The Surprising Value of Legal Marijuana
Whether you're ready to admit it or not, the marijuana movement may be unstoppable.
As Gallup reported in October of last year, for the first time in history, more respondents were in favor of legalizing marijuana than were opposed to its legalization. To put this into some context, just 34% of respondents were in favor of legalization in 2004, demonstrating just how swiftly the tide has turned in favor of legalization.
Marijuana's medical benefits take stage
But, the legal marijuana movement may yet gain even more steam on the heels of its possible medical benefits. GW Pharmaceuticals has devoted its pipeline to discovering cannabinoids from the cannabis plant it plans to use to effect biologic change via the natural cannabinoid receptor system discovered by GW within our bodies. GW Pharmaceuticals already has Sativex approved in more than a dozen countries outside the United States to treat spasticity associated with multiple sclerosis and has the hope of bringing its cannabinoid-based drug to U.S. pharmacy shelves soon, depending on the results from its three late-stage clinical studies examining Sativex as a treatment for cancer pain.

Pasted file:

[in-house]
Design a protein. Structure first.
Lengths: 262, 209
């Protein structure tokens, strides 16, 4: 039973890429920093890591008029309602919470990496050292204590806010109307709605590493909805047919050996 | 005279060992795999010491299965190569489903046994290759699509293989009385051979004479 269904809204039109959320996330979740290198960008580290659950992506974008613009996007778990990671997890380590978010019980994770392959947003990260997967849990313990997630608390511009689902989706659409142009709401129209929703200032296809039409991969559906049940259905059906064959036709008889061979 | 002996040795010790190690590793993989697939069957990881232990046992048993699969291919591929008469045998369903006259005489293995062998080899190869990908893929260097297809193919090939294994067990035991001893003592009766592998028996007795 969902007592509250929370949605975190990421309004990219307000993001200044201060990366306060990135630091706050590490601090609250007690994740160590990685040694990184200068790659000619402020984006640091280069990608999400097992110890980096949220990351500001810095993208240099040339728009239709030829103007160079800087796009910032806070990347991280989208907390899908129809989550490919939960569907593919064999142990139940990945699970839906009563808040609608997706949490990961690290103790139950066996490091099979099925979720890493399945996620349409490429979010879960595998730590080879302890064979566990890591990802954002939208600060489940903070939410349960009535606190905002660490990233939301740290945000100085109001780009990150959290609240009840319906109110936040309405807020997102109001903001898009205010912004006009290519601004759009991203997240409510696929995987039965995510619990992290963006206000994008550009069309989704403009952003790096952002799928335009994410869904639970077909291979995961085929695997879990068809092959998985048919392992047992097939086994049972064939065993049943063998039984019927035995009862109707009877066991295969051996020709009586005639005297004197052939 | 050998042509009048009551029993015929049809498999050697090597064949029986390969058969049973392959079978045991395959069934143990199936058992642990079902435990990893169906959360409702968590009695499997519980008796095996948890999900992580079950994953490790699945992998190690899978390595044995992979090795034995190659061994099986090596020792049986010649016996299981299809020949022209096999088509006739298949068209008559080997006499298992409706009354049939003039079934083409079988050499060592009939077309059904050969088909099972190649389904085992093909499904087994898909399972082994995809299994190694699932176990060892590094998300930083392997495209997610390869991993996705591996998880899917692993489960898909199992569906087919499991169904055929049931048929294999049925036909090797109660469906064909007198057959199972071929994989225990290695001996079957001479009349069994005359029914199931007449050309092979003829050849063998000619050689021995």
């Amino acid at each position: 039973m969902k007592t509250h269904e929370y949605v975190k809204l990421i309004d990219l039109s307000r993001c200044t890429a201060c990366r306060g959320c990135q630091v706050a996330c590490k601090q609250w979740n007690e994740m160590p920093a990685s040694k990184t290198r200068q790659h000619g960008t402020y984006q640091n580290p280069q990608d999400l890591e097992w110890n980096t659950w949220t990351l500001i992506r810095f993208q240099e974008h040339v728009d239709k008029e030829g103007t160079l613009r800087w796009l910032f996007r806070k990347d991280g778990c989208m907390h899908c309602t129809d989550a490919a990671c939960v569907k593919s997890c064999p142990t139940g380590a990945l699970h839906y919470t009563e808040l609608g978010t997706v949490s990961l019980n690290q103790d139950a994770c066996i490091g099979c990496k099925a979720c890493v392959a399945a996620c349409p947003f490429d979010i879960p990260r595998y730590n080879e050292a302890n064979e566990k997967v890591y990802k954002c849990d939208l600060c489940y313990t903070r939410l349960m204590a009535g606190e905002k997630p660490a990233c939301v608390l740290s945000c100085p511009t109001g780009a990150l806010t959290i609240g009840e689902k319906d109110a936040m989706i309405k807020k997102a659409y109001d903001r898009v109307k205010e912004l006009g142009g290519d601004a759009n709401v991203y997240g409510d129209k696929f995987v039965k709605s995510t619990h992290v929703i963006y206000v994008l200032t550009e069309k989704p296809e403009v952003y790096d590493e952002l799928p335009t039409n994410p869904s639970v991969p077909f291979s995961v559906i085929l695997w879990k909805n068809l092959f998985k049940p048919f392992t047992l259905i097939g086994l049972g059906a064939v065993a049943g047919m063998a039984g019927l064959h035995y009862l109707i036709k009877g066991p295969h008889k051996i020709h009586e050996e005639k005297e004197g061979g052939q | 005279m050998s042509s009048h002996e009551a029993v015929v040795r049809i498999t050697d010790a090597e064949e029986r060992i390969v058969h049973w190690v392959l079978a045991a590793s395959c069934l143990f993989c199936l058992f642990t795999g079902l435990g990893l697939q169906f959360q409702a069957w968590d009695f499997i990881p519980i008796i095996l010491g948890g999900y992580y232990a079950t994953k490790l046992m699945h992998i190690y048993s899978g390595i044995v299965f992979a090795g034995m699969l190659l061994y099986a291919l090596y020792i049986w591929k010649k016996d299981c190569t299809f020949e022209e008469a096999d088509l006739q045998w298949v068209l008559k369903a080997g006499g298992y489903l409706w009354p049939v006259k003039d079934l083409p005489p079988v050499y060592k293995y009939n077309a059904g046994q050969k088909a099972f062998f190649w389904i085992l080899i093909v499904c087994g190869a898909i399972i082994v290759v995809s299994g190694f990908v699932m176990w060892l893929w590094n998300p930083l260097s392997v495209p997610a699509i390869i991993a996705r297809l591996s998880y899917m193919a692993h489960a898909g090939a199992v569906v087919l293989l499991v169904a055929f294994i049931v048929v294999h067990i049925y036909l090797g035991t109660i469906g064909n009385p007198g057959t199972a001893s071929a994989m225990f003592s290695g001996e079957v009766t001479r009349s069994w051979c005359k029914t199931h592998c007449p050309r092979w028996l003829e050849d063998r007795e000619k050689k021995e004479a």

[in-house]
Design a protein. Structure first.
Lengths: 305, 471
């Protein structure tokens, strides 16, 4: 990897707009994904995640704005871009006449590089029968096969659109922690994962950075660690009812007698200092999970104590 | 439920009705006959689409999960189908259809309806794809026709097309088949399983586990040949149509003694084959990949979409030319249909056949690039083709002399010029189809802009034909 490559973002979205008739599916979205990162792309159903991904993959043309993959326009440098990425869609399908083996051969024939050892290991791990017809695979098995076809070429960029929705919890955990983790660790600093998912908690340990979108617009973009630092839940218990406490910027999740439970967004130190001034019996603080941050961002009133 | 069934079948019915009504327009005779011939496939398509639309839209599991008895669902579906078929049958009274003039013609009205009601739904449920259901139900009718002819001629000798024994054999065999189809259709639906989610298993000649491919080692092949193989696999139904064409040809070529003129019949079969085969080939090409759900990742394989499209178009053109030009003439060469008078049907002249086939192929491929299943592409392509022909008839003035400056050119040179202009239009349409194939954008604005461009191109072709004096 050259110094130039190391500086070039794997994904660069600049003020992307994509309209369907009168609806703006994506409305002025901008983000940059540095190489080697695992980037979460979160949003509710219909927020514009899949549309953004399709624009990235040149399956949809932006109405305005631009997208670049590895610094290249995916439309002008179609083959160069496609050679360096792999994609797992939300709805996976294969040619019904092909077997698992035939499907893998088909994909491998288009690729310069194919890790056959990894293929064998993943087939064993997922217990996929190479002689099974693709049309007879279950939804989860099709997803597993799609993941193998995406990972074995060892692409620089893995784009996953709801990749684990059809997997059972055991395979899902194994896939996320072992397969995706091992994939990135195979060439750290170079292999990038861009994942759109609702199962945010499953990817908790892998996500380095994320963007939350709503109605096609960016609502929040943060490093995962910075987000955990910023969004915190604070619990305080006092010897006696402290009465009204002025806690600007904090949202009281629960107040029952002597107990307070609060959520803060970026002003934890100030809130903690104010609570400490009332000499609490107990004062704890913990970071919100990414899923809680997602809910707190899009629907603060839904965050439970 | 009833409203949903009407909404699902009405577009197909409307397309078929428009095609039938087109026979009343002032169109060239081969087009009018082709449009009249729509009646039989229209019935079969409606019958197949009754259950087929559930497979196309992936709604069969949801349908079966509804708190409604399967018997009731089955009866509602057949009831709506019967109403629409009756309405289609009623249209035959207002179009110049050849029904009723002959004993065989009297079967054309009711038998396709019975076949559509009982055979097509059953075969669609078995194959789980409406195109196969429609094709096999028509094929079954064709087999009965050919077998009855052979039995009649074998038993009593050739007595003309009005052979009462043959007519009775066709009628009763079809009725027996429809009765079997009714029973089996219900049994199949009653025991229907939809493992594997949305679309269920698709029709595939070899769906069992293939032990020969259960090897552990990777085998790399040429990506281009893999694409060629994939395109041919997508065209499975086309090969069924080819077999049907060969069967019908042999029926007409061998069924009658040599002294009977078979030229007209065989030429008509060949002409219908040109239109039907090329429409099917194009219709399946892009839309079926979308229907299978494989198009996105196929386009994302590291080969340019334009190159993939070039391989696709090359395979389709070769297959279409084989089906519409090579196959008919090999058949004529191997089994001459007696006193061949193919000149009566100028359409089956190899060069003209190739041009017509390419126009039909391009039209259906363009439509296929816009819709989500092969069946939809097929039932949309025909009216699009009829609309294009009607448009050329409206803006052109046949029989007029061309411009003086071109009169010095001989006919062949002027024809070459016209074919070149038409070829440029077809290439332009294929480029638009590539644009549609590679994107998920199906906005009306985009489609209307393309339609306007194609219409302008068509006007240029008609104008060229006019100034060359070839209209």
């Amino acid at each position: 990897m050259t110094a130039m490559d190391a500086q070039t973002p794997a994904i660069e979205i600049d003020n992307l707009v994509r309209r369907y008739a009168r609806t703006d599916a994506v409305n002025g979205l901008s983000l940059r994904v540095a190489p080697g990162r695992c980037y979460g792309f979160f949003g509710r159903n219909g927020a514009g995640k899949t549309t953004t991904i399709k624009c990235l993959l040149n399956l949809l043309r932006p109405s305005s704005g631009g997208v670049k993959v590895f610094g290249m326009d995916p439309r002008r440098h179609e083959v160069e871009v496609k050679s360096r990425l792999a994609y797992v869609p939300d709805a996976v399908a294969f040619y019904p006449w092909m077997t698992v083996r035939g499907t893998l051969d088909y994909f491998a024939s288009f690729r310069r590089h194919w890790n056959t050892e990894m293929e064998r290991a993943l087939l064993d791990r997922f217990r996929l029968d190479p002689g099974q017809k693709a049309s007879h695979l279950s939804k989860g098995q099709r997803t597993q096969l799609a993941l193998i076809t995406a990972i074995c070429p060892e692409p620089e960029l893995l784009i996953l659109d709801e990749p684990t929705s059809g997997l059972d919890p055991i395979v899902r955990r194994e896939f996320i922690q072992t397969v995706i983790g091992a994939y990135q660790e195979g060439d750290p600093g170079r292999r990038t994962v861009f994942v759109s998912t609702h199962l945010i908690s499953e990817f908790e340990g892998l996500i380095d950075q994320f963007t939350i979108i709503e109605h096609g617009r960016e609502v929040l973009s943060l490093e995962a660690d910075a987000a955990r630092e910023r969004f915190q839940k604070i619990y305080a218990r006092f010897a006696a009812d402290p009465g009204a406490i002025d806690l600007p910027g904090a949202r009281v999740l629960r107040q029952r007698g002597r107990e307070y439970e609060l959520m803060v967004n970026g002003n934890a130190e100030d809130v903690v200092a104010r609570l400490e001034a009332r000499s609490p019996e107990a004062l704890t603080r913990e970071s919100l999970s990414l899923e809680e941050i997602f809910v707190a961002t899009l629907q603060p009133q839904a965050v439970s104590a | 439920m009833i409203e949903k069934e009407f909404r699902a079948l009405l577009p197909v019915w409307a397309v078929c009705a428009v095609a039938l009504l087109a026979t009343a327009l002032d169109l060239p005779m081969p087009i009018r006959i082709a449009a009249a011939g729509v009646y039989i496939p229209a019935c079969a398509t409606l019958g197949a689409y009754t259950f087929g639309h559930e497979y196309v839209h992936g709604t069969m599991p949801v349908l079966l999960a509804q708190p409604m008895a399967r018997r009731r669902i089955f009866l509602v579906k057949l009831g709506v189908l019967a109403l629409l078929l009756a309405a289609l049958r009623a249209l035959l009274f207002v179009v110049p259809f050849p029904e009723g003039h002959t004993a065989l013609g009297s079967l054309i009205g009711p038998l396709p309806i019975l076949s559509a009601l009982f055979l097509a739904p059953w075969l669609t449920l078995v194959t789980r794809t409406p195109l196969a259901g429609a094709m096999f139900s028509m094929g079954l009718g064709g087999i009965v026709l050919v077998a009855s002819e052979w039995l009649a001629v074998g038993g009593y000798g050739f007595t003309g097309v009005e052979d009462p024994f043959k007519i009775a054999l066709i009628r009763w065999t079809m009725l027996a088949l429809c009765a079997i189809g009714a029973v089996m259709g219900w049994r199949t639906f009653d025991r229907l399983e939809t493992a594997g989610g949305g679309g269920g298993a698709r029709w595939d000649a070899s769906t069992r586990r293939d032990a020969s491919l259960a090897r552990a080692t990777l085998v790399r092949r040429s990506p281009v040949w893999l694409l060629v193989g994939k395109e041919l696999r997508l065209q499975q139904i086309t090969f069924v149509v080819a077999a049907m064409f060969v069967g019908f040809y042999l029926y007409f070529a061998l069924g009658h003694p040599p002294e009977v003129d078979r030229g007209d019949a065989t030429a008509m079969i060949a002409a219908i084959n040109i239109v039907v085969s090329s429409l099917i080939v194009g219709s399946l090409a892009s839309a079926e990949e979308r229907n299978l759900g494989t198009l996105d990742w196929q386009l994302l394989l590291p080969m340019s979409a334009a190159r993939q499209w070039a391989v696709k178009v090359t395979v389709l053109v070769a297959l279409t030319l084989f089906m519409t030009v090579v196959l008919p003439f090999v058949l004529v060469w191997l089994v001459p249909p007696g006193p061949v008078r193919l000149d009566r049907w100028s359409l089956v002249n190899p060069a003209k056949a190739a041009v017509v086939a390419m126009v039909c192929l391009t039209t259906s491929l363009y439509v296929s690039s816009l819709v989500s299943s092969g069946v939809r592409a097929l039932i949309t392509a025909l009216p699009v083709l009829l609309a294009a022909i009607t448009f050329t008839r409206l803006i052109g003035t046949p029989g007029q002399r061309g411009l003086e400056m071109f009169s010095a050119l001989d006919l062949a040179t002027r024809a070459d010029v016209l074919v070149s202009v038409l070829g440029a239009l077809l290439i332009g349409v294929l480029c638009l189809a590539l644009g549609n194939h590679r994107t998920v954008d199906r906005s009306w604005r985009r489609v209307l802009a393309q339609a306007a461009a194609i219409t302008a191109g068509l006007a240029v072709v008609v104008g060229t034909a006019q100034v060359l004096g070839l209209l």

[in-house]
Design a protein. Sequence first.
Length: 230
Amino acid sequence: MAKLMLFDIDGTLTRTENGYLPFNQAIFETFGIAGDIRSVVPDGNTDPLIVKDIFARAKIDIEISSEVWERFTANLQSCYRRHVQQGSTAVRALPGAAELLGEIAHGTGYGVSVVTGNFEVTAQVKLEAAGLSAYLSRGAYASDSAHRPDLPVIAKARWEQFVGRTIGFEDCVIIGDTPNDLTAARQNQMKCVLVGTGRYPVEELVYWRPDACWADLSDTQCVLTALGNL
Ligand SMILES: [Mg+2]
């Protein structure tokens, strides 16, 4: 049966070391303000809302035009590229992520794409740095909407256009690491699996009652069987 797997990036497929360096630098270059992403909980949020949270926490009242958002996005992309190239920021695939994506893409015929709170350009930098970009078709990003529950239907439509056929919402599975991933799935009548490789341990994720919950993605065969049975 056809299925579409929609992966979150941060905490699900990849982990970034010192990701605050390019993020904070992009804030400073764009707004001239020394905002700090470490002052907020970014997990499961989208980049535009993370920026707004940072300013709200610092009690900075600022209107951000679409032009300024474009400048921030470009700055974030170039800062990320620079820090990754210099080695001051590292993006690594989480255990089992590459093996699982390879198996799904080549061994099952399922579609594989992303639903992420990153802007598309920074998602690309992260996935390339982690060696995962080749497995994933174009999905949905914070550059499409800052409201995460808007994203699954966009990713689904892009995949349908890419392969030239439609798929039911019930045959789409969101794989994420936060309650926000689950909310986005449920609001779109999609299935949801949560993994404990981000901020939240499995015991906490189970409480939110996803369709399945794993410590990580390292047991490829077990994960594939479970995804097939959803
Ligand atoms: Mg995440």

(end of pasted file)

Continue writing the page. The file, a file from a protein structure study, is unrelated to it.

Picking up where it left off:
GW Pharmaceuticals isn't alone, either. Insys Therapeutics is in the process of developing a longer-lasting version of THC-based Marinol which it hopes can be used to prevent nausea in patients who are undergoing chemotherapy.
Furthermore, additional studies have emerged that hint at medical marijuana's benefits over traditional medicines. As we examined in late August based on an abstract published by JAMA Internal Medicine, medical marijuana may also be a smart solution to lowering long-term medical care costs due to its ability to divert chronic pain sufferers from using and potentially overdosing on opioid-based therapies.
With more states forecast to legalize marijuana on a recreational level, and a handful of states expected to allow marijuana to be used for medical purposes, the value of the legal marijuana industry is soaring. However, quantifying how much this industry is actually worth has been practically impossible to do... until recently.
How much is legal marijuana actually worth?
According to a report released by Marijuana Business Daily in April, the legal marijuana industry is expected to grow from just $1.4 billion to $1.6 billion in 2013 to between $7.4 billion and $8.2 billion by 2018.
Specifically, the report estimates that recreational use will outpace medical marijuana in terms of sales by 2018, with recreational marijuana accounting for $3.8 billion to $4.2 billion in legal marijuana sales in 2018.
MBD's predictive model assumes that four to five new recreational states will enter the fray by 2018, while another two or three states will legalize marijuana, bringing the nationwide total of medical marijuana-legal states to nearly half of all states.
Furthermore, MBD estimates the black market for marijuana is worth about $40 billion, leaving states plenty of opportunity to generate revenue through the taxation of sales of the schedule 1 drug following legalization. In Colorado, for instance, which recently legalized marijuana for recreational use, tax revenue has more than doubled from a hair of $3 million in January to more than $7 million as of July.